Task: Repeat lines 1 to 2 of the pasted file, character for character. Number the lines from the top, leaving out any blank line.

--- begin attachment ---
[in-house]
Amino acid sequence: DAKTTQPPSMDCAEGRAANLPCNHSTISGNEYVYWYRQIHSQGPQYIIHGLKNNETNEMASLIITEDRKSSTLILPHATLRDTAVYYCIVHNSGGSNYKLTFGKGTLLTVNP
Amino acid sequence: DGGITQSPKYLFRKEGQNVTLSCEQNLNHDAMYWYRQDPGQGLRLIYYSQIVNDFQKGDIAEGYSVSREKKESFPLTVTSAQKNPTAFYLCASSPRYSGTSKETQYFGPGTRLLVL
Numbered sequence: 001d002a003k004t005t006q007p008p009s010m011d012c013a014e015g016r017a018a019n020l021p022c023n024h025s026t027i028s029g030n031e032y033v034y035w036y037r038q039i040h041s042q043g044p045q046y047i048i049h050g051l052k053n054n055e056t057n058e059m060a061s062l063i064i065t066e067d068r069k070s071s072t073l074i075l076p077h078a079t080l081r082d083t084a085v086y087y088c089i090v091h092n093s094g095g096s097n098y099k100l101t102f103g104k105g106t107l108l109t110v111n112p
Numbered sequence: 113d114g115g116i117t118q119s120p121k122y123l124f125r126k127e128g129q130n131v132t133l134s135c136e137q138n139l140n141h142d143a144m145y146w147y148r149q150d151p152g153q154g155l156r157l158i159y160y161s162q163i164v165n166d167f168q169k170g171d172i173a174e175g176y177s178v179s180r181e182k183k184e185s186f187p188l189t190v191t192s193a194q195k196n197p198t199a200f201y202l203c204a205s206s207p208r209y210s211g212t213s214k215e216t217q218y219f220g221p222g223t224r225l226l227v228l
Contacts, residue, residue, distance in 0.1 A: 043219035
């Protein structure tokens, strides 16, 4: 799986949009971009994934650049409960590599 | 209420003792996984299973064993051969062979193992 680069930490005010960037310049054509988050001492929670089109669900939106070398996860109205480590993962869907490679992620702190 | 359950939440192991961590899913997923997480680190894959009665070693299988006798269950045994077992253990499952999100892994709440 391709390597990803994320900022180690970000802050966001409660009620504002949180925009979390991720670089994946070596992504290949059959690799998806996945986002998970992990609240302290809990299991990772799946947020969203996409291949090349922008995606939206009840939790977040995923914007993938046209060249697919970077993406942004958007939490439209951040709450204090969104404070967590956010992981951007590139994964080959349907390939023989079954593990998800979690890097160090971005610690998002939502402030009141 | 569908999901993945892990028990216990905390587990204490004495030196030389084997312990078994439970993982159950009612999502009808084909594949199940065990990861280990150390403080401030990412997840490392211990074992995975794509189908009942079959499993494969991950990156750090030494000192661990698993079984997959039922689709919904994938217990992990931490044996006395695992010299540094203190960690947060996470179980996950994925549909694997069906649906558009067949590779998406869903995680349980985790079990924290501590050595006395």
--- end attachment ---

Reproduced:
[in-house]
Amino acid sequence: DAKTTQPPSMDCAEGRAANLPCNHSTISGNEYVYWYRQIHSQGPQYIIHGLKNNETNEMASLIITEDRKSSTLILPHATLRDTAVYYCIVHNSGGSNYKLTFGKGTLLTVNP